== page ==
FOR TOMMY: GEOFF JOHNS
Very. You've gained quite a reputation for your work on companies'
respective icons. Why do these characters appeal to you, why
do you believe there's anything left to say with them?
I guess I am a traditionalist -- some of that has to do with
the fact that the first comics I read where my Uncle's old
collection from the 1960's. The Flash, Justice League, Superman,
Batman, Green Lantern, Fantastic Four, Captain America --
they were the first characters I was really exposed to, and
I loved the grand bigger-than-life adventures they had. The
thing I always loved about reading comics growing up was diving
into another world and universe every time I opened a book.
There's always another angle to take with a super-hero or
super-villain -- especially a villain, since they don't get
hundreds of issues to themselves -- because everyone thinks
differently. A writer like Greg Rucka would find something
completely different and, I'm sure, compelling to say about
Doctor Mid-Nite or Captain America than any other writer has
because he's a good writer. The same goes for Kurt Busiek
or Grant Morrison or Brian Bendis. A good writer will always
find something to say with a character. That's why when you
hear Greg Rucka is going to do Wonder Woman -- you get excited.
When I heard Ed Brubaker was doing Catwoman -- I got excited.
You know he's gong to do something new and unexpected. Jeph
Loeb and Tim Sale tackle the Hulk? Way cool. Different perspectives
bring different things out of the characters. As long as there
are good writers writing comics, there will be things to say
about the icons.
What do you want out of comics, Geoff? As opposed to other
forms of expression...
My goal is to make the week easier for comic readers and to
get new readers into comics. To get them excited that it's
Wednesday and the new issue of Teen Titans is out. That no
matter what goes on -- you get picked on at school, someone
dents your car, your boss is being a jerk, you fail a mid-term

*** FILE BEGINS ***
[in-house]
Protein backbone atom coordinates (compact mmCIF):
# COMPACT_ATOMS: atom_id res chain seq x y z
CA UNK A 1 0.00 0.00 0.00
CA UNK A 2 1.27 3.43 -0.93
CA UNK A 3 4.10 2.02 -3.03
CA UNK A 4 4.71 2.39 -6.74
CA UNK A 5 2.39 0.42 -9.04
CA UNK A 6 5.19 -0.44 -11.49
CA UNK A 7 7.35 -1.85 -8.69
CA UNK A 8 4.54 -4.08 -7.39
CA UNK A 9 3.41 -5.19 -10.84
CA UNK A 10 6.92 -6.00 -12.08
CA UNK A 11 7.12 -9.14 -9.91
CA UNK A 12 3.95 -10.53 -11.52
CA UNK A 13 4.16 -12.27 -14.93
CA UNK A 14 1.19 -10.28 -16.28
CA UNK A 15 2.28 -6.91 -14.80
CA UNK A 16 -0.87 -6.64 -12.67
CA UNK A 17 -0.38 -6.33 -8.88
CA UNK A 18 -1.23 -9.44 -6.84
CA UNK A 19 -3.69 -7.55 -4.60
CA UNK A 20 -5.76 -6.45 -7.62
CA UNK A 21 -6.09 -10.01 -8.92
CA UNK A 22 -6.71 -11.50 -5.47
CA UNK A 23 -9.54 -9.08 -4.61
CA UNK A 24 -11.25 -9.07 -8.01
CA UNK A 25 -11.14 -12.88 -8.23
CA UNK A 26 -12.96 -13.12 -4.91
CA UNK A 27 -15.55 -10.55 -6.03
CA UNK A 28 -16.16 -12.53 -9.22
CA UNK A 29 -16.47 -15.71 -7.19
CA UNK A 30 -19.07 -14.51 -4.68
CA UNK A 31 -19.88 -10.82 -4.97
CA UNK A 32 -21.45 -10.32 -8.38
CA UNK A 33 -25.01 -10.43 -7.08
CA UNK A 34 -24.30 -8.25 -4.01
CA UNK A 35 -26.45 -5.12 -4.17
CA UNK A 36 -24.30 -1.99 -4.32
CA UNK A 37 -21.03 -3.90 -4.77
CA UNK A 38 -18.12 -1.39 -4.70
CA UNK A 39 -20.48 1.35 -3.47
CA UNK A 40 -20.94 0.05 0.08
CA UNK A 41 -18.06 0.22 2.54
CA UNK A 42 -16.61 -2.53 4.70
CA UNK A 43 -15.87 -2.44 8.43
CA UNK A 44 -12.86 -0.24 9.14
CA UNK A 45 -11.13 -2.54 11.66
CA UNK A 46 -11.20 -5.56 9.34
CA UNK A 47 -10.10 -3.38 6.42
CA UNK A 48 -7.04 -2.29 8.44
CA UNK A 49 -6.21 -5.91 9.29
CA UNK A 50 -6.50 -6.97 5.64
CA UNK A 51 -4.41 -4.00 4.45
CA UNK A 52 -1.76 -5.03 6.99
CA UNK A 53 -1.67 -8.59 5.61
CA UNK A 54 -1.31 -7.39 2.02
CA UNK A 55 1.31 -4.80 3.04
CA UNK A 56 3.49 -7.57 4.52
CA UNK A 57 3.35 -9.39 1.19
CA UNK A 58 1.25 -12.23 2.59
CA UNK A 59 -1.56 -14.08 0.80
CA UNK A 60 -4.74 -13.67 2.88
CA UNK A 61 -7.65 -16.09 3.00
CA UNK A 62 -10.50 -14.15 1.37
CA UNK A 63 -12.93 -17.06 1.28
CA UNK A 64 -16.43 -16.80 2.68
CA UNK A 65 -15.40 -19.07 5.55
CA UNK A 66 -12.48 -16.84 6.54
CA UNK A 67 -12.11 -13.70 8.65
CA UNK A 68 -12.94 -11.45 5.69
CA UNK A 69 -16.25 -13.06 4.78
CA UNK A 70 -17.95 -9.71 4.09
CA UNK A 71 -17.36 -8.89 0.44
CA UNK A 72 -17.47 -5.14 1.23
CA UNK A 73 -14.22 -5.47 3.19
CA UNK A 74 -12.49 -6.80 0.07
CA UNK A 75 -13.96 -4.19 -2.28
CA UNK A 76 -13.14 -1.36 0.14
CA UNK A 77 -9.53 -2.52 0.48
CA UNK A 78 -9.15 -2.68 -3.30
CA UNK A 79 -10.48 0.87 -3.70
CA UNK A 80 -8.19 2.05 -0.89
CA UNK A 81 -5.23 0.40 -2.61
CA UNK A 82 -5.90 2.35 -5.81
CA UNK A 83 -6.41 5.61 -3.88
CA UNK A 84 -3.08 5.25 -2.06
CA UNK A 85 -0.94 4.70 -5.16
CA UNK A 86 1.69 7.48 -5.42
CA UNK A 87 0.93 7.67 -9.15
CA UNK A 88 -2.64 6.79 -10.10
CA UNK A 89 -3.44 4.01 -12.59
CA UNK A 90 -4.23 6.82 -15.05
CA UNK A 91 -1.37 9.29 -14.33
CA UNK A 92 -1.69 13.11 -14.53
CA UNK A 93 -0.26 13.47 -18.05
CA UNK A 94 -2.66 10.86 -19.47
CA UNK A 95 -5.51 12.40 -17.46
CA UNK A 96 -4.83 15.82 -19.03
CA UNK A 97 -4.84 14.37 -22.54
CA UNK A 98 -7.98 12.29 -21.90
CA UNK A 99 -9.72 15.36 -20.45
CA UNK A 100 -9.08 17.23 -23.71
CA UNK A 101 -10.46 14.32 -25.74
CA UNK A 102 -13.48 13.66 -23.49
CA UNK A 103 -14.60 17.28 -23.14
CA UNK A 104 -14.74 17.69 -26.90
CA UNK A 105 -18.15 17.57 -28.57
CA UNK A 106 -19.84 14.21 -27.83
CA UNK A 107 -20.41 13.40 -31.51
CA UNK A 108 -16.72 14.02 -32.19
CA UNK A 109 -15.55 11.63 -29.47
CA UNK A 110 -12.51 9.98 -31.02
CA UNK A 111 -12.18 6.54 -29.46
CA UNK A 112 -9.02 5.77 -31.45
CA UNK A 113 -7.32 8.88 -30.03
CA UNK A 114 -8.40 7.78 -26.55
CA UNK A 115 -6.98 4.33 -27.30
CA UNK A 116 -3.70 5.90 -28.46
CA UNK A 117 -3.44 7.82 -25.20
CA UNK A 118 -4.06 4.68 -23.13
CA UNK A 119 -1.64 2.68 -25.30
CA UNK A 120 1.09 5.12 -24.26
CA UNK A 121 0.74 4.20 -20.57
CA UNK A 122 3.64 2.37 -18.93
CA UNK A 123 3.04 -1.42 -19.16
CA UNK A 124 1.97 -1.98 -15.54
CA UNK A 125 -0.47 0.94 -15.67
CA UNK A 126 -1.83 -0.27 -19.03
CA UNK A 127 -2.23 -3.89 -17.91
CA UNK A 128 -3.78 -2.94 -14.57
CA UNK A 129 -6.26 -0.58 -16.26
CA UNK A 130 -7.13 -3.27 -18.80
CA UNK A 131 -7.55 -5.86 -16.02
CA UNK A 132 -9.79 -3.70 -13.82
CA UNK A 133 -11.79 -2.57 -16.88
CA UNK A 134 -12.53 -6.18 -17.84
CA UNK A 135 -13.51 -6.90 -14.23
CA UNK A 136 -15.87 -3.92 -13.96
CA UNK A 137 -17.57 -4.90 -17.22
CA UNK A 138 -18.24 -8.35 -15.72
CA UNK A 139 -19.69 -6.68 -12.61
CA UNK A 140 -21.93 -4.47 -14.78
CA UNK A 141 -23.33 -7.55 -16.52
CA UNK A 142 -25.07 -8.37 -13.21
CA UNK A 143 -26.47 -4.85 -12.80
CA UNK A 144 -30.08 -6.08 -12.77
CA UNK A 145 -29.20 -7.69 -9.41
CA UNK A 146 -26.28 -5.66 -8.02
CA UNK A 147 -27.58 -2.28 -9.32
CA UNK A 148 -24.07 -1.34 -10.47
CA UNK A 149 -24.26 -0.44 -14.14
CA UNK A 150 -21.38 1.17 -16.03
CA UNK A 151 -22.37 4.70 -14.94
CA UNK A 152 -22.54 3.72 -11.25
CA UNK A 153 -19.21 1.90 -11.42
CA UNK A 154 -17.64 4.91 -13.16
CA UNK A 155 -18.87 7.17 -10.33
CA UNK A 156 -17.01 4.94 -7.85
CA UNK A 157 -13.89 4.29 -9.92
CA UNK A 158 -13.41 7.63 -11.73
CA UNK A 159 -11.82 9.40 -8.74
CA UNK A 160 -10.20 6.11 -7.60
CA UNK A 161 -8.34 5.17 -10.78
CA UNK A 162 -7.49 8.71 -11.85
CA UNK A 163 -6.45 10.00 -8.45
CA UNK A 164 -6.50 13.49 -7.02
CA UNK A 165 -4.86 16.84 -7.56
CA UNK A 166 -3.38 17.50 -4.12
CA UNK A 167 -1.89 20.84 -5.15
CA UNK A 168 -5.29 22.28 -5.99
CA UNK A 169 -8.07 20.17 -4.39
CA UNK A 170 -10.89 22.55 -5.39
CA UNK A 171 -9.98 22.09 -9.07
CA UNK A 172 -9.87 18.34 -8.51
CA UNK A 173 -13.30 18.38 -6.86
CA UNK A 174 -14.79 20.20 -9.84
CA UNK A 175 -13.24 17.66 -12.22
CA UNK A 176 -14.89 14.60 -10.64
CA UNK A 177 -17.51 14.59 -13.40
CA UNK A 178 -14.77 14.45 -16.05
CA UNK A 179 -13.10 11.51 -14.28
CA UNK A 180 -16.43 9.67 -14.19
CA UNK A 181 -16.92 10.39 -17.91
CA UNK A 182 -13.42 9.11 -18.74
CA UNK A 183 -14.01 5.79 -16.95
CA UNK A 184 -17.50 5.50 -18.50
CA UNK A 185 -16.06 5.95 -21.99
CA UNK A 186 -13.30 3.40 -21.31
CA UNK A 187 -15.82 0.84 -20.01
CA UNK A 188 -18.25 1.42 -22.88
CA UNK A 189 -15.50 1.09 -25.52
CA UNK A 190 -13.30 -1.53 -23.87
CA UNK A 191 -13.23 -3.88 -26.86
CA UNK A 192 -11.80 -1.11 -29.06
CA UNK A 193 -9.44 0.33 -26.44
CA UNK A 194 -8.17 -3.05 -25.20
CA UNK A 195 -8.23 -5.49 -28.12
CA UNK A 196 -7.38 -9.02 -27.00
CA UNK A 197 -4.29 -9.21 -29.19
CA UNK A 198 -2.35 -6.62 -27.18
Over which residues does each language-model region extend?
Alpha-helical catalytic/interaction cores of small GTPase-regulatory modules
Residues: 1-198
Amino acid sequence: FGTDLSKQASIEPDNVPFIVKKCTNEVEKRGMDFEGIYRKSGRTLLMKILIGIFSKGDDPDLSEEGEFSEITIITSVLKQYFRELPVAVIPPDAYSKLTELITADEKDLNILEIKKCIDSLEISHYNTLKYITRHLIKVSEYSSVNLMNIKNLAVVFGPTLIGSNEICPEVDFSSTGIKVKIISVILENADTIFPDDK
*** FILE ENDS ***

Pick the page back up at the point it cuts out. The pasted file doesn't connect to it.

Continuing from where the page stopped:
-- there's something to look forward to. There's a world to
escape to. My goal is to entertain and get readers excited
about the characters I get excited about. There's nothing
I love more than hearing a reader say, "I never liked Hawkman
before." or "I used to think Captain Cold was lame." I want
these characters and their legends to grow and endure.
personally, I also want to keep improving myself as a writer.
I am constantly trying to see what works and what doesn't
and what I need to improve on. In JSA, I think we got our
roster too large at one point so we shuffled characters around
-- but at the same time I look at Teen Titans and say, we
have 7 characters on the team now, let's keep it small and
I'm very content with how Titans is going. Because I learned
what happens with a big team. You have to care about Hourman
before he goes into battle and if he's on a team of 15, it's
gonna be hard to get to know him. Another example, I opened
Avengers with an arc that was probably a little too complex.
I threw everything in there because I was excited about the
book -- and the storyline was a little rushed. But the issues
that followed I really like. I look at my first handful of
issues on Teen Titans and I'm really proud of the pacing and
character growth. I learned from Avengers. I'm always looking
at what works and doesn't work for me as a writer.
never learn enough about writing.
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